While evidence does suggest vagus nerve stimulation can be helpful for treating patients whose depression is resistant to traditional medications, the mechanism for this effect is not yet entirely clear.
More research is required, however, with "chronic VNS for depression, PET scans showed a decline in resting brain activity in the ventromedial prefrontal cortex (vmPFC), which projects to the amygdala and other brain regions modulating emotion. VNS results in chemical changes in monoamine metabolism in these regions possibly resulting in antidepressant action."
Another interesting finding in the study has to do with VNS for treating or managing the symptoms of inflammatory bowel disease. IBD consists of two primary disorders: Crohn's disease and ulcerative colitis. There are many risk factors for these disorders, including psychosocial stress at work, which is something many veterans experience. Unfortunately, the physical effects of IBD often result in mental health challenges, including anxiety and depression.
As for how VNS can assist with managing IBD symptoms, the study finds:
"Vagus nerve stimulation attenuates the systemic inflammatory response to endotoxin and intestinal inflammation. The VNs also indirectly modulates immune activity of the spleen through connections with the splenic sympathetic nerve. In rats with colonic inflammation, the 3 h long daily VNS for a period of 5 days led to a reduction in inflammatory markers and an improvement in symptoms of colitis."
Many veterans (approximately one-third) of the 1990-1991 Gulf War have been diagnosed with what is called Gulf War Illness (GWI). This illness involves, "a cluster of medically unexplained chronic symptoms that can include fatigue, headaches, joint pain, indigestion, insomnia, dizziness, respiratory disorders, and memory problems."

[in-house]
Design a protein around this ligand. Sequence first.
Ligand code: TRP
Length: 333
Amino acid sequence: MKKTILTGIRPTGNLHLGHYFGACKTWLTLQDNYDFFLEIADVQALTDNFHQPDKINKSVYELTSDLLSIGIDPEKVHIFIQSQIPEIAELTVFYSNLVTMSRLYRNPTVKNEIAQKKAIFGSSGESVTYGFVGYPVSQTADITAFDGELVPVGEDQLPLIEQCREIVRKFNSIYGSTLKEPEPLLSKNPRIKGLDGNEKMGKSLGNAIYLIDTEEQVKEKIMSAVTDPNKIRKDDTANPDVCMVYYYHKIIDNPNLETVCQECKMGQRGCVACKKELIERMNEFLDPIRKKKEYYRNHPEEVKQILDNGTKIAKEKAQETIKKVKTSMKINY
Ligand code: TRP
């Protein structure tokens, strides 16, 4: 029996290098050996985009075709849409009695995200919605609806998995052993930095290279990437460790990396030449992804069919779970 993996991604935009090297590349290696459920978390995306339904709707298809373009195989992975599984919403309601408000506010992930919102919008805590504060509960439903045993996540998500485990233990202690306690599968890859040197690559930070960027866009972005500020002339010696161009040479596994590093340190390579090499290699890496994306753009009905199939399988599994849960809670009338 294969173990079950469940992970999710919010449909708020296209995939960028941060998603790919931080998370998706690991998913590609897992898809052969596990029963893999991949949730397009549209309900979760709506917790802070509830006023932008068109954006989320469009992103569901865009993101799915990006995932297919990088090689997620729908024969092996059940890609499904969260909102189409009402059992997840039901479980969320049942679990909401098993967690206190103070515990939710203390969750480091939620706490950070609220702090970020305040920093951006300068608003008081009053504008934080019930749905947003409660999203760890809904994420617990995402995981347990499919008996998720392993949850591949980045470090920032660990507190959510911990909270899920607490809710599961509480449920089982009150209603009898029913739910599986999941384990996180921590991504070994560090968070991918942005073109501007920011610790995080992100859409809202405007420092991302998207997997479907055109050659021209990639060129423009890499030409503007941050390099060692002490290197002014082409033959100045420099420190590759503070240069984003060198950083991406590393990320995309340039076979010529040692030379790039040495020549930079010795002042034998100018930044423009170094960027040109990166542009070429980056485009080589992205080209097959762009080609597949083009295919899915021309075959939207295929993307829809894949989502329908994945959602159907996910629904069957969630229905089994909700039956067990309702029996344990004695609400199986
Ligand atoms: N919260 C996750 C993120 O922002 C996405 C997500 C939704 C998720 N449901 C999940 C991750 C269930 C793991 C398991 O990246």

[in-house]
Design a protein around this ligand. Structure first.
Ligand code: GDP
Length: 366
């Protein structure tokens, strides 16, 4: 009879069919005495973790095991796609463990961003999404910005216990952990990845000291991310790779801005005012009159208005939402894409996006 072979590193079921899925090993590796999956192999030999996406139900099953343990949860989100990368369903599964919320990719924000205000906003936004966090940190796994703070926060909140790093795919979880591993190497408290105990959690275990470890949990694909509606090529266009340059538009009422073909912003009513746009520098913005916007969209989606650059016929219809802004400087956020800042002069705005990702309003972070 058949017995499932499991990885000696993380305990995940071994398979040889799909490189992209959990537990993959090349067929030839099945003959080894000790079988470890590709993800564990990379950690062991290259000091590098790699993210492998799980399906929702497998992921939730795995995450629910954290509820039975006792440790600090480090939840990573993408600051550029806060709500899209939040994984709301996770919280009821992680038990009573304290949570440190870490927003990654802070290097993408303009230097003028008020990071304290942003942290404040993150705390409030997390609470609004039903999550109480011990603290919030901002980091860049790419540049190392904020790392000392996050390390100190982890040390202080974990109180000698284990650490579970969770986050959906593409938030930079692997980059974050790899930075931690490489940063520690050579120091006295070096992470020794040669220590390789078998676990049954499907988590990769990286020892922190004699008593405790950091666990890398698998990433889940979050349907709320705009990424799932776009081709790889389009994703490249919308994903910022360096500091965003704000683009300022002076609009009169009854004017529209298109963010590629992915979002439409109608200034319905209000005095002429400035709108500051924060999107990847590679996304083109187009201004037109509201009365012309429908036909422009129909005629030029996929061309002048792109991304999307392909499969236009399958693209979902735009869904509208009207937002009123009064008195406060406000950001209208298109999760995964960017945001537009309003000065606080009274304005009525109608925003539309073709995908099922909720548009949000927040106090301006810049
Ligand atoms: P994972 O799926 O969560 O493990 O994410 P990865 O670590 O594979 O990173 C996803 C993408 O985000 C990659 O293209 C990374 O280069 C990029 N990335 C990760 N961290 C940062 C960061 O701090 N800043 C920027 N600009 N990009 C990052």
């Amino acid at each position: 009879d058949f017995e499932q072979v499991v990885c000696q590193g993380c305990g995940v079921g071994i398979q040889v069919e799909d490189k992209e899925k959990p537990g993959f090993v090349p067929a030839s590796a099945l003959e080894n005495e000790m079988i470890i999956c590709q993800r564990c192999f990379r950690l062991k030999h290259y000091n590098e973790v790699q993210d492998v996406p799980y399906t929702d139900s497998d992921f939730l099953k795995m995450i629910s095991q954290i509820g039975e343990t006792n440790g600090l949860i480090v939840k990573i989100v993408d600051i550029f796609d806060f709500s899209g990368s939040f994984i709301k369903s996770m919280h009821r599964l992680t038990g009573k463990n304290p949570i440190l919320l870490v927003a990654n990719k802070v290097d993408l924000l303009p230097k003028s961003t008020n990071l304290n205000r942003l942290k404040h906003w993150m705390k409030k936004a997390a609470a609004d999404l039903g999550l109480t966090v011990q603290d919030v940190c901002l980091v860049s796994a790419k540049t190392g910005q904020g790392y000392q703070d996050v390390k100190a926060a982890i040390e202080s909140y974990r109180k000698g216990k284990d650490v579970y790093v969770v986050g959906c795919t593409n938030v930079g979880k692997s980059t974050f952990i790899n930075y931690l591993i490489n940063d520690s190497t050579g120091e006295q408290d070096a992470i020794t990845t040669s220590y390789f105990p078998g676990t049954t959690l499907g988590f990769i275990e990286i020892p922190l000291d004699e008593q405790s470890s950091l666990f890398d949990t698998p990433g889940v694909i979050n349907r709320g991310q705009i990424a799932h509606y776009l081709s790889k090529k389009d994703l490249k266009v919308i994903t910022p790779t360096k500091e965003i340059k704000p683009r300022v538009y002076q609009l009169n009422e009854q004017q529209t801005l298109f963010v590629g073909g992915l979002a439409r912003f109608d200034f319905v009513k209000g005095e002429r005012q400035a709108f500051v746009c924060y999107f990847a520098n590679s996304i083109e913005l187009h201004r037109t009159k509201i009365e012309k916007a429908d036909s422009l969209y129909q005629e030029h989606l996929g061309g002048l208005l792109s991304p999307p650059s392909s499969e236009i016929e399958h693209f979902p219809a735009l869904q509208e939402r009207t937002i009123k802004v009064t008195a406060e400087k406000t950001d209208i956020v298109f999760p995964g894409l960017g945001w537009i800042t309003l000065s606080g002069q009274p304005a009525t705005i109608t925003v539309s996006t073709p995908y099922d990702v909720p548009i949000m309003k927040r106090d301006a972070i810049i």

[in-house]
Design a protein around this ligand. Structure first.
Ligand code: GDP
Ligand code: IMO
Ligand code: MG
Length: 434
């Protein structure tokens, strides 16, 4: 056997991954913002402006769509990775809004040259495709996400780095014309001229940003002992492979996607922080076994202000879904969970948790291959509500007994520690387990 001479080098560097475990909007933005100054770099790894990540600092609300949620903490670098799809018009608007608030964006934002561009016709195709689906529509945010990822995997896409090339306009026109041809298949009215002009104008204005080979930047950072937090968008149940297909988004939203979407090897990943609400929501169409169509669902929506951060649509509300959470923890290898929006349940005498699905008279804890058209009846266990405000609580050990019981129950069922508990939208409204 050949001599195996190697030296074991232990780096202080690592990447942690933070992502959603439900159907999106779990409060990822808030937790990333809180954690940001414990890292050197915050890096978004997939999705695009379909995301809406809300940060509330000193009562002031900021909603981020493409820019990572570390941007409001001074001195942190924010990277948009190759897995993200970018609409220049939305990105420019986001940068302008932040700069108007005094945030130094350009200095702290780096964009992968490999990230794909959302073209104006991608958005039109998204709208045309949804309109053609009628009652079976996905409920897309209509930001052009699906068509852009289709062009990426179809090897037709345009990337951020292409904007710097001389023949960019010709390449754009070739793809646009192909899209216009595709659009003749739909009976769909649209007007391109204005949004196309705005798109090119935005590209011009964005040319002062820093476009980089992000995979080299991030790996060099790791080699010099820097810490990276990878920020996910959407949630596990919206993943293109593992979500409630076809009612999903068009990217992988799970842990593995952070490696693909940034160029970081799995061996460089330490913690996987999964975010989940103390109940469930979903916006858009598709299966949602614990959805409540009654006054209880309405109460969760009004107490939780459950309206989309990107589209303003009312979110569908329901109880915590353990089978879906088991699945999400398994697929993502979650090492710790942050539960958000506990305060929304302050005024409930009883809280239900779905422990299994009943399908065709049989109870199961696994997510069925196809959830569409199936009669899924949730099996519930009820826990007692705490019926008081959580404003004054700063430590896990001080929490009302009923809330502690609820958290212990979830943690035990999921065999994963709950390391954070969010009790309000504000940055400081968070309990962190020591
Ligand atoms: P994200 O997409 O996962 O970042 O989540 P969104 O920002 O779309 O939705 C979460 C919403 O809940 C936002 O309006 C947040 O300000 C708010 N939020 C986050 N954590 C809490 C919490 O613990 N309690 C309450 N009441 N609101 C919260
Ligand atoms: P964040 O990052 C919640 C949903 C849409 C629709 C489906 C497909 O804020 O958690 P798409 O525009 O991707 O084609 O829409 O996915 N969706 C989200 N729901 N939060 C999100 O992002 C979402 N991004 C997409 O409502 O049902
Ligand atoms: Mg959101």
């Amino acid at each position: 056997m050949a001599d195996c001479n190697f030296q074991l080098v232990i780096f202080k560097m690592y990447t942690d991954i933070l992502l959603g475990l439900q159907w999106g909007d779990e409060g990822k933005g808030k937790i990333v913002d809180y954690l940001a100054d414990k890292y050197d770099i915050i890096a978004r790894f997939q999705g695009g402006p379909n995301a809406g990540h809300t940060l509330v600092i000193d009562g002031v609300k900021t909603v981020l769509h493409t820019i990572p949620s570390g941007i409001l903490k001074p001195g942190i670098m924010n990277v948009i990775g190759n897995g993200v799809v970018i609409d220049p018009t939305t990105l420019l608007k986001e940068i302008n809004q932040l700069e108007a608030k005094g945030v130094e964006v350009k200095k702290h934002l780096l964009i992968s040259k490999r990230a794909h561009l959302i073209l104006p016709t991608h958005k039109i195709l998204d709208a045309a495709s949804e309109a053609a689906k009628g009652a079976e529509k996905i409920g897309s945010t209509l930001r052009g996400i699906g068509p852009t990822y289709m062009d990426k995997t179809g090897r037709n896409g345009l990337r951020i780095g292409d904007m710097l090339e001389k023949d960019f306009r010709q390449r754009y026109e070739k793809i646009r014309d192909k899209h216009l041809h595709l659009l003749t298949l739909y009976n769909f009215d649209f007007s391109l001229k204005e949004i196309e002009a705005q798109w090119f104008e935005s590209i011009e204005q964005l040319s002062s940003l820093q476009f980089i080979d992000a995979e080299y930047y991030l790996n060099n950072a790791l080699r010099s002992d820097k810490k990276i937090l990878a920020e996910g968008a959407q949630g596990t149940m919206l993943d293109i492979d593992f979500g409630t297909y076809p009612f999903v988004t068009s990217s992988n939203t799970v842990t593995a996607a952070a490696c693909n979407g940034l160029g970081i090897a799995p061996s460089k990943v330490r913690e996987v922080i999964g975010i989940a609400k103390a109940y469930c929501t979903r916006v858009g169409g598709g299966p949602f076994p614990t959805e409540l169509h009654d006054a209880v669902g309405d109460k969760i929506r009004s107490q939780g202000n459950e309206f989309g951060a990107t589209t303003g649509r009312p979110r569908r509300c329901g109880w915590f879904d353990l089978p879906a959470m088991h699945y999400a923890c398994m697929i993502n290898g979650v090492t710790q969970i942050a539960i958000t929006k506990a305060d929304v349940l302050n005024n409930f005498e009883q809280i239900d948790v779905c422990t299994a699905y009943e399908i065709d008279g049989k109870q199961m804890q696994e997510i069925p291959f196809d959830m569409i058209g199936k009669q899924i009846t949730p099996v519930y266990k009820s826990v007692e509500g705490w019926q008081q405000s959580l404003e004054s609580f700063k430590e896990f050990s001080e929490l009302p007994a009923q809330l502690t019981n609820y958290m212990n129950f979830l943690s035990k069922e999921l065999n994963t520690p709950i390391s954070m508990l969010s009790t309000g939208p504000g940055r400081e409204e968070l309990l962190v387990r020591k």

Although there are several treatment options available, including therapy and medication, they aren't always effective. Or, if they are effective, the results aren't long-lasting. Further, the side effects of these treatments can be extreme.
But there have been advancements for Gulf War Illness treatment options, including promising research about vagus nerve stimulation.
This 2021 study from Sage Journals reports:
"VNS is widely used in clinical populations, is well-established as a safe and effective treatment, and may be worth exploring as a viable treatment option for GWI patients. The beneficial effects of chronic VNS were also observed in patients with migraines, another symptom domain seen in some GWI patients. VNS reduced the frequency and severity of migraine headaches and antinociceptive effects were also observed. In a previous study, we reported that VNS treatment lowered the nociceptive threshold in this GWI model."
Whether you are a veteran yourself or you are simply curious about vagus nerve stimulation, we have some good news: it's easier than ever to experience the benefits of VNS for yourself.
Many conditions require surgical implantation of a vagus nerve stimulating device. However, vagus nerve stimulating headphones from Neuvana give you the power of VNS right at your fingertips. This reliable and efficient method of VNS was created by a top surgeon and inventor, Richard Cartledge, MD.
As for how it works? Xen delivers gentle micropulses through headphones directly to the vagus nerve in your ear. It pairs wirelessly to your Neuvana app, where you can customize your sessions however you'd like. The result? Feeling more calm and focused, sleeping better, a brighter mood, and more. Of course, you could also experience some of the other benefits we just covered, including managing depression and pain.
Researchers are constantly discovering new benefits of VNS. Why wait to experience them for yourself? Click here to shop Xen by Neuvana, or learn even more about the science of vagus nerve stimulation here.